Virginia. The Virginia State Police enter data into the Virginia Criminal Information Network (VCIN) that is linked to the NCIC.
So why does Virginia have the state police run the checks using access to NICS rather than the FBI doing it directly as in 31 other states and D.C.?
- One reason is that Virginia has its own law listing disqualifications for gun purchases that may not match in every respect federal laws.
- Another may be that Virginia is a one-gun-a-month state, so the Virginia State Police check records for prior purchases.
For selected other Virginia laws pertaining to firearms see here.
Problems? So that is what is checked, where does it come from and who runs the checks in Virginia.
Are there problems at the input level? Absolutely, but read again the disclaimer above about sources. There are multiple federal and state databases that are automatically absorbed into the NICS, and multiple Virginia databases absorbed into the VCIN and available in the NICS.
Pundits. I have read progressive-authored opinion pieces that berate some states for not directly entering certain data into NICS. That is turned into a charge that the background check data are worthless.
There will always be errors and gaps in data entered by human beings, but the databases are astonishingly complete within the categories instantly searched. They have supported their intended use. The FBI reports
Since launching in 1998, more than 300 million checks have been done, leading to more than 1.5 million denials.
You will see in the linked Active Records in the NICS Indices As of December 31, 2021 that some states directly enter data into the NICS that they need not because it is in the NCIC or the III. Other states let those data transfer automatically into the NICS and do not make double entries, which can cause data quality issues.
Montana, to pick one state, does not enter anything but adjudicated mental health data directly into NICS. If you look at the data fields, you will see that is the only category that every state must enter there. The rest can enter the NICS from other databases.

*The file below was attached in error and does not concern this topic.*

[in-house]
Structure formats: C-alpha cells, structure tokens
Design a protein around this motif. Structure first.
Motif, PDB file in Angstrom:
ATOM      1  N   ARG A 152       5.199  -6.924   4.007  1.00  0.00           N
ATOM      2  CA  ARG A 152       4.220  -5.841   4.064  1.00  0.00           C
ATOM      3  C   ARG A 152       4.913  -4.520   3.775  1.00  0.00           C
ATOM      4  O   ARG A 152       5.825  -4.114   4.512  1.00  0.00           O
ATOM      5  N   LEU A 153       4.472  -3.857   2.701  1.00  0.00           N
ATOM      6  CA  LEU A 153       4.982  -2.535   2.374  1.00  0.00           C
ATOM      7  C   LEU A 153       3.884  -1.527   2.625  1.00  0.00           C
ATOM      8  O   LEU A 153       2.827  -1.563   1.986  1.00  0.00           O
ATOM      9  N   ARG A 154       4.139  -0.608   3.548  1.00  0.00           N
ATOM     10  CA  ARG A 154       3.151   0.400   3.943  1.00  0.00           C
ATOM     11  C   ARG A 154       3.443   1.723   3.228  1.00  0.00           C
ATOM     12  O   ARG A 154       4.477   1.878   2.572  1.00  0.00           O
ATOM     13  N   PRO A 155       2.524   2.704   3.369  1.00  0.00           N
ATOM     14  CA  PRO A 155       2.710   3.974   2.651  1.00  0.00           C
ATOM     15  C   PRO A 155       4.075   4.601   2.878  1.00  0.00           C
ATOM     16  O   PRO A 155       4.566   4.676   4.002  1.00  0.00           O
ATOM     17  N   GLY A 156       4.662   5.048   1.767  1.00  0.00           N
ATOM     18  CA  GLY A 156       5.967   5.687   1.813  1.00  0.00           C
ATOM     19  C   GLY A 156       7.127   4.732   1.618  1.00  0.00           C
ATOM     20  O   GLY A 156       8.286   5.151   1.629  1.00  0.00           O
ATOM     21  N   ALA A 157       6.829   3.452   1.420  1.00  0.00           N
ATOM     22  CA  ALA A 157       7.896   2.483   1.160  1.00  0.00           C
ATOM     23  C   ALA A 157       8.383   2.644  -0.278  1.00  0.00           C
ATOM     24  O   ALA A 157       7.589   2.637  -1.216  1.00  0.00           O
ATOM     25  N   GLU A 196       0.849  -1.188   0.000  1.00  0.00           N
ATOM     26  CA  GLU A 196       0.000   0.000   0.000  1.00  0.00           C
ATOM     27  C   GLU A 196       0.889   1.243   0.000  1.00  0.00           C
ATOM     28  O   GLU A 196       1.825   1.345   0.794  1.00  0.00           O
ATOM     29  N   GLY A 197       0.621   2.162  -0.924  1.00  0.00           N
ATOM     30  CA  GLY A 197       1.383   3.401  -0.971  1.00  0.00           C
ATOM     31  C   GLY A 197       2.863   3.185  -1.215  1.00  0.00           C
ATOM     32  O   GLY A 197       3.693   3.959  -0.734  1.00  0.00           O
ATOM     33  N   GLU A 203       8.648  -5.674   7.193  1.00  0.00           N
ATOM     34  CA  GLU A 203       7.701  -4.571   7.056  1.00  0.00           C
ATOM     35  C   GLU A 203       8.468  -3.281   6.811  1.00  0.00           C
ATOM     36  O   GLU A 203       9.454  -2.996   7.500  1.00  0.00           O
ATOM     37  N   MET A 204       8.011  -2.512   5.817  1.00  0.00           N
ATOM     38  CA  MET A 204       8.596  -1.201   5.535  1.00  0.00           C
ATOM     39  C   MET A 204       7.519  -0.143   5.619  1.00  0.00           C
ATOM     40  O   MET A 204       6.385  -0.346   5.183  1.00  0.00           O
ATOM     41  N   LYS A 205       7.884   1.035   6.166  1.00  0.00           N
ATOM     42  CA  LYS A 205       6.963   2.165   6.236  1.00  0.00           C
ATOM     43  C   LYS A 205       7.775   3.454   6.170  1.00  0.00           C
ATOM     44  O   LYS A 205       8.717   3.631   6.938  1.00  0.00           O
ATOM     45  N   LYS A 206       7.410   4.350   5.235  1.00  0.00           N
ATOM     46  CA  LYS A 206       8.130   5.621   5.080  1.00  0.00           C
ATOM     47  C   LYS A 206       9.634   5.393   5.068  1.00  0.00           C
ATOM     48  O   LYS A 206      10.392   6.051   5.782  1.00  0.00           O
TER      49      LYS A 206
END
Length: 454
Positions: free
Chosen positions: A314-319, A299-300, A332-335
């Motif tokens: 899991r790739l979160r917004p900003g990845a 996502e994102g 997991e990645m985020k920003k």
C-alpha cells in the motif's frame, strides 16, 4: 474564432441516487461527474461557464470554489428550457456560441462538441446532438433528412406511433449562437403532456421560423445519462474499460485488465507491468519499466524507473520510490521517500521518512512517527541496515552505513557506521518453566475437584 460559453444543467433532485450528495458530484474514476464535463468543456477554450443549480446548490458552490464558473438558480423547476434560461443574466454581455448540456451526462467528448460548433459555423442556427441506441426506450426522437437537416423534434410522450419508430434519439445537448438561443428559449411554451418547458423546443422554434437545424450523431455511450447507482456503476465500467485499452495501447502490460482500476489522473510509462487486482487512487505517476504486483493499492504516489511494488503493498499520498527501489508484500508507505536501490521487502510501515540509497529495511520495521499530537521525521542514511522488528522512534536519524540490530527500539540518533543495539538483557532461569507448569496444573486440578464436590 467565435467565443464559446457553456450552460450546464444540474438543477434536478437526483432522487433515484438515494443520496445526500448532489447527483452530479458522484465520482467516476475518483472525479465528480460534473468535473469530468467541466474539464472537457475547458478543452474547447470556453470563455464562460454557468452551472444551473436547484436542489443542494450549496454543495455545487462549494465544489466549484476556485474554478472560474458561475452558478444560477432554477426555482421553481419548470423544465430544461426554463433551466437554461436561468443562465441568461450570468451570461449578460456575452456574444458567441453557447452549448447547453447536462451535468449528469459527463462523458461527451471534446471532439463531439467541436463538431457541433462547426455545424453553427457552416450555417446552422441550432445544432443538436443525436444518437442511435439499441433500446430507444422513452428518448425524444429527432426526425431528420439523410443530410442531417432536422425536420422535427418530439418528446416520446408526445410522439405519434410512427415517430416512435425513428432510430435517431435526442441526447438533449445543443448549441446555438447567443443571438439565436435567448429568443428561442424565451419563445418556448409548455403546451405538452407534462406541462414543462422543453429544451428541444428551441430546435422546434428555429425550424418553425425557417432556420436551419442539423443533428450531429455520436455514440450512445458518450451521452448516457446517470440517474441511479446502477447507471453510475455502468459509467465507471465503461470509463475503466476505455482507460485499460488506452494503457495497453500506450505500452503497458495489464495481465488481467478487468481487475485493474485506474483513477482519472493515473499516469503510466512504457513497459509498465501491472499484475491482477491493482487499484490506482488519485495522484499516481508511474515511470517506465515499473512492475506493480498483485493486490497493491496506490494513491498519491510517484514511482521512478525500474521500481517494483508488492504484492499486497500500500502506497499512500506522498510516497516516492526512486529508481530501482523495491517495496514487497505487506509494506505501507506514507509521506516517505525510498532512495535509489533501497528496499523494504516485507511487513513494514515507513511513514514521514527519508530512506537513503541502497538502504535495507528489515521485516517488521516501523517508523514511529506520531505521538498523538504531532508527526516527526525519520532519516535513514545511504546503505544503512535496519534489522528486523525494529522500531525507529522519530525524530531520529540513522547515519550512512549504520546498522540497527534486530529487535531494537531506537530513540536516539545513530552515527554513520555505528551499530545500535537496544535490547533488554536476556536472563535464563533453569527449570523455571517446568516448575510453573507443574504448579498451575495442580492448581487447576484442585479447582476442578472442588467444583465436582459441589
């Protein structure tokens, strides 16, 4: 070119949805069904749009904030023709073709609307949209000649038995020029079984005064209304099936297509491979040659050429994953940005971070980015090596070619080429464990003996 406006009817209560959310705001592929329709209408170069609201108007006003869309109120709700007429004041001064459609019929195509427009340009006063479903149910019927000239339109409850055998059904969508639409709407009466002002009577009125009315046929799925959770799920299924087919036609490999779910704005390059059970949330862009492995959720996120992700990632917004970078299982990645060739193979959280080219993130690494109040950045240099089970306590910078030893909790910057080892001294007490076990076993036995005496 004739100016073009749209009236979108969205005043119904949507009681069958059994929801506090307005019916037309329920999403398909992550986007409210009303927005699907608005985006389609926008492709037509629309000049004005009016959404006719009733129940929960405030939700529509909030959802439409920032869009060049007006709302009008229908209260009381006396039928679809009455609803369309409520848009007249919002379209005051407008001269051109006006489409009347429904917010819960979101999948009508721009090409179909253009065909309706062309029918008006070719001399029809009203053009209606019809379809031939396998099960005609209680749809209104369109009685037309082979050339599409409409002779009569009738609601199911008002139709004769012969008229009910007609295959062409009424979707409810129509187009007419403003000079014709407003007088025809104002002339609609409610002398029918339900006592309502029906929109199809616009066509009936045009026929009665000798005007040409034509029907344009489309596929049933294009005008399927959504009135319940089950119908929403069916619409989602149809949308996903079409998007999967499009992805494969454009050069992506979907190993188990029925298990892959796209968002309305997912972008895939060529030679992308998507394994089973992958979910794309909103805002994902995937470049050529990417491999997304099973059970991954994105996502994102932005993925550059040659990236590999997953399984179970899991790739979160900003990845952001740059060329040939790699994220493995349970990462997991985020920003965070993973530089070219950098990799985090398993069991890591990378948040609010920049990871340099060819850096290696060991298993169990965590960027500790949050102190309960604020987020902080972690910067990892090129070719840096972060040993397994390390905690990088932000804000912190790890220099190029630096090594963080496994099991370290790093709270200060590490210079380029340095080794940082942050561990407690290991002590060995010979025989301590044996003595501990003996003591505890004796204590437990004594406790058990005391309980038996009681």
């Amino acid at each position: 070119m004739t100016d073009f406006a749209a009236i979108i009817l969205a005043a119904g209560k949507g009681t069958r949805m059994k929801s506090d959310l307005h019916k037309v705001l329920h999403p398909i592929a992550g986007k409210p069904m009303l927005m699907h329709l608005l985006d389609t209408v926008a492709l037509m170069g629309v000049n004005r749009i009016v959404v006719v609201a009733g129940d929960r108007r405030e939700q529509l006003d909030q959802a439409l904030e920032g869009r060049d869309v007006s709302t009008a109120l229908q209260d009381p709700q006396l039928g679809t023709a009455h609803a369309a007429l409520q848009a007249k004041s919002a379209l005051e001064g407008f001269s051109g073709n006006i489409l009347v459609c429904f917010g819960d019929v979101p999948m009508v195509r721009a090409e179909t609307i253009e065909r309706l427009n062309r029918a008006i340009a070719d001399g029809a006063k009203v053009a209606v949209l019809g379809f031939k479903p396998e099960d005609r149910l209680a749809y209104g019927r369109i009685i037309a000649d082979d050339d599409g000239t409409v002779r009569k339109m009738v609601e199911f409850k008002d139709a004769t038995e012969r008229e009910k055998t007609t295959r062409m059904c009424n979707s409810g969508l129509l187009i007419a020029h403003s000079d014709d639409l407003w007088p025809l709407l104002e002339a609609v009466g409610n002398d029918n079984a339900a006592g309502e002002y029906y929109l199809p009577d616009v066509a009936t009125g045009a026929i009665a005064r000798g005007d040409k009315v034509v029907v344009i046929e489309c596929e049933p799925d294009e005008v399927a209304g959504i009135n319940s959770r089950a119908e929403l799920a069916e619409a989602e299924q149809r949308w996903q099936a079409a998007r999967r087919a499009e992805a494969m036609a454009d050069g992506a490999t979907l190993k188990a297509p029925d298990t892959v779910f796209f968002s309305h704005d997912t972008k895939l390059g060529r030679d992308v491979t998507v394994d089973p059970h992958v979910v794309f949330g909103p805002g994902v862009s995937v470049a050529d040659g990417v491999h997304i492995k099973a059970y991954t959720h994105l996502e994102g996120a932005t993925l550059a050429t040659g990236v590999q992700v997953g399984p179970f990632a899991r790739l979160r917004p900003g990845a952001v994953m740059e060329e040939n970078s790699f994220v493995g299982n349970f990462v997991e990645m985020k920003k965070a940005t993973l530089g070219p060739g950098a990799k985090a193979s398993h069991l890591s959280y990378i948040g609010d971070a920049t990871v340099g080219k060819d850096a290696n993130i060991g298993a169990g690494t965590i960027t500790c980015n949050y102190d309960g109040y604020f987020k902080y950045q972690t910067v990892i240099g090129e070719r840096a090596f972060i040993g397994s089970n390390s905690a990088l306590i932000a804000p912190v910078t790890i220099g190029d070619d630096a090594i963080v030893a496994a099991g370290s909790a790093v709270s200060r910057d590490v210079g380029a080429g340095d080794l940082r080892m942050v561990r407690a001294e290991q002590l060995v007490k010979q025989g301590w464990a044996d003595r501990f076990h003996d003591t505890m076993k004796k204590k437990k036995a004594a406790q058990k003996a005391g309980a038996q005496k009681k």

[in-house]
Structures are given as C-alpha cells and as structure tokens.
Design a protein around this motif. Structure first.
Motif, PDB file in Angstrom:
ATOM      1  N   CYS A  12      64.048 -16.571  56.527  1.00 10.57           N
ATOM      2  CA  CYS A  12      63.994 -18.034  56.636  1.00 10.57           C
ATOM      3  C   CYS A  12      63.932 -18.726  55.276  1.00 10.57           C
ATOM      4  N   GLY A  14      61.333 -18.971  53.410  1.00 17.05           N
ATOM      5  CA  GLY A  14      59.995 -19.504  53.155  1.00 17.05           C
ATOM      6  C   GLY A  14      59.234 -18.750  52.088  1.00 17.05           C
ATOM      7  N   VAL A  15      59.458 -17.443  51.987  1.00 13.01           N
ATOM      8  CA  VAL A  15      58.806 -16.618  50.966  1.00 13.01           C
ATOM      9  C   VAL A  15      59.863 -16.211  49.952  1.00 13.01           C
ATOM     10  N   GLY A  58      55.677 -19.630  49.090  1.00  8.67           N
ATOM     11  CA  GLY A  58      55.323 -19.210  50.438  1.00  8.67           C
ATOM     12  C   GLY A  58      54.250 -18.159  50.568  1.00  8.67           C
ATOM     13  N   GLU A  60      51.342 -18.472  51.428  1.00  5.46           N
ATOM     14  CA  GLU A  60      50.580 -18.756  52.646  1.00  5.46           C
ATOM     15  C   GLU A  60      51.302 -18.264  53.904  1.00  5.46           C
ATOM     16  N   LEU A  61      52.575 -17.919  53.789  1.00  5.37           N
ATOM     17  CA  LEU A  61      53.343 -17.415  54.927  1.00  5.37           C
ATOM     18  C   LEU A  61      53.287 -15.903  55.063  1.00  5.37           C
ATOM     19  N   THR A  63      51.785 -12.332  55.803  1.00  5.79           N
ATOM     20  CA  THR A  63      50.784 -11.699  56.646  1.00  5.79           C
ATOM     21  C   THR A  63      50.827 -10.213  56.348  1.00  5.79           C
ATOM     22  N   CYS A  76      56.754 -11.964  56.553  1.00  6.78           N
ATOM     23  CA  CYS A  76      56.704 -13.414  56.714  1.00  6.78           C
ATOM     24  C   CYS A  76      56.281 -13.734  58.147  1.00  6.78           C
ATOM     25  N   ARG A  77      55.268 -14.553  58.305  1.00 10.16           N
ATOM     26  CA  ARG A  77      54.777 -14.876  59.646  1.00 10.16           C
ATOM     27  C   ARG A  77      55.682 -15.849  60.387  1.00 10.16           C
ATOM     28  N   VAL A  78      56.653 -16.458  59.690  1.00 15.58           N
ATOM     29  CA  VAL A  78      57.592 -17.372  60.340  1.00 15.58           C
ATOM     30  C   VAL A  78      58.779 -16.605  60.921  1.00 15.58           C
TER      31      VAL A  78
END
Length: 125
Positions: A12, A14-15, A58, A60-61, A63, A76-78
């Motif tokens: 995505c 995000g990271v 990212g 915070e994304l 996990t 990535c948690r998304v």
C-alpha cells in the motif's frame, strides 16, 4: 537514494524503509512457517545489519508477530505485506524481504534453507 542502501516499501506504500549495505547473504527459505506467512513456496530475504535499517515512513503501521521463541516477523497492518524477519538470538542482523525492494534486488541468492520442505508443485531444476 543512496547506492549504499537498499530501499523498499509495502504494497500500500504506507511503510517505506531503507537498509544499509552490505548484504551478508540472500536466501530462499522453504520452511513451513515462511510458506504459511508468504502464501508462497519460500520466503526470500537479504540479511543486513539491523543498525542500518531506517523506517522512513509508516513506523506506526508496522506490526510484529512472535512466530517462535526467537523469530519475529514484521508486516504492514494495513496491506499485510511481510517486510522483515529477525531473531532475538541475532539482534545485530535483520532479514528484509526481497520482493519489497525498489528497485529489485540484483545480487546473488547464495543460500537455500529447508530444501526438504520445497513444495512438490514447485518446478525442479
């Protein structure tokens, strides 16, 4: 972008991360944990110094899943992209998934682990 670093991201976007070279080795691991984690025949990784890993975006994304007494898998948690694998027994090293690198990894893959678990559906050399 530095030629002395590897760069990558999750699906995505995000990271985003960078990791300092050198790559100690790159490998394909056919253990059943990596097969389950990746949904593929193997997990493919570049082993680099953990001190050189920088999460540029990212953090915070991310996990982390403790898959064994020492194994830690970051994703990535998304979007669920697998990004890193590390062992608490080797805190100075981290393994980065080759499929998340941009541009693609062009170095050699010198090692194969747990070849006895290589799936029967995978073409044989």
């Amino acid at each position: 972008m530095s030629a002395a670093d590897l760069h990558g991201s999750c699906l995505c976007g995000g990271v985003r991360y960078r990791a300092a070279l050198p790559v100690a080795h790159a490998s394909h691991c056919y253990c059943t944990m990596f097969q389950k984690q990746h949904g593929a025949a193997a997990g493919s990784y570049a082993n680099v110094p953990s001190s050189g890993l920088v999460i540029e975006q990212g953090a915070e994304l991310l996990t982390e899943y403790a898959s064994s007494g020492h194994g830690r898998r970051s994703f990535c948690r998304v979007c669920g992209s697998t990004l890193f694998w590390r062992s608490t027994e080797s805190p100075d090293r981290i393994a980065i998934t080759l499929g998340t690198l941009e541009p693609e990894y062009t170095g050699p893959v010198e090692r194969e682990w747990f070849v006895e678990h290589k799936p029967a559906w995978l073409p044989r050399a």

Pundits may look at the spreadsheets and not those caveats highlighted above. Or they may not care to mention them when composing a rant. Or whatever.
While you are looking at the document, you can check out Virginia’s direct (active) inputs.
What could go wrong in Virginia? I am very much in favor of requiring background checks for every transfer of a weapon in Virginia, not just those purchased through a Federal Firearms Licensee (FFL) as now.
Perhaps the biggest issue in Virginia about our entries into the background check data is that:
- a person must at least be indicted in the criminal justice system or adjudicated in the mental health system to be turned away from a gun purchase.
- Some jurisdictions are much more likely to indict that others for the same offenses. Felonies pled down to misdemeanors don’t show up.
- Domestic violence offenses pled to something else also do not show up.
So, much of the utility of the background check is at the discretion of your local Commonwealth Attorney.
I therefore dedicate this to social justice warriors recently occupying some of the 120 Commonwealth Attorney jobs in Virginia:
- Hon. Amy Ashworth, Prince William County and City of Manassas
- Hon. Anton Bell, City of Hampton
- Hon. Buta Biberaj, Loudoun County
- Hon. Parisa Dehghani-Tafti, Arlington County and City of Falls Church
- Hon. Steve Descano, Fairfax County and City of Fairfax
- Hon. James M. Hingeley, Albemarle County
- Hon. Stephanie N. Morales, City of Portsmouth
- Hon. Joseph D. Platania, City of Charlottesville
- Hon. Bryan Porter, City of Alexandria
- Hon. Shannon L. Taylor, Henrico County
I hope this information proves of use.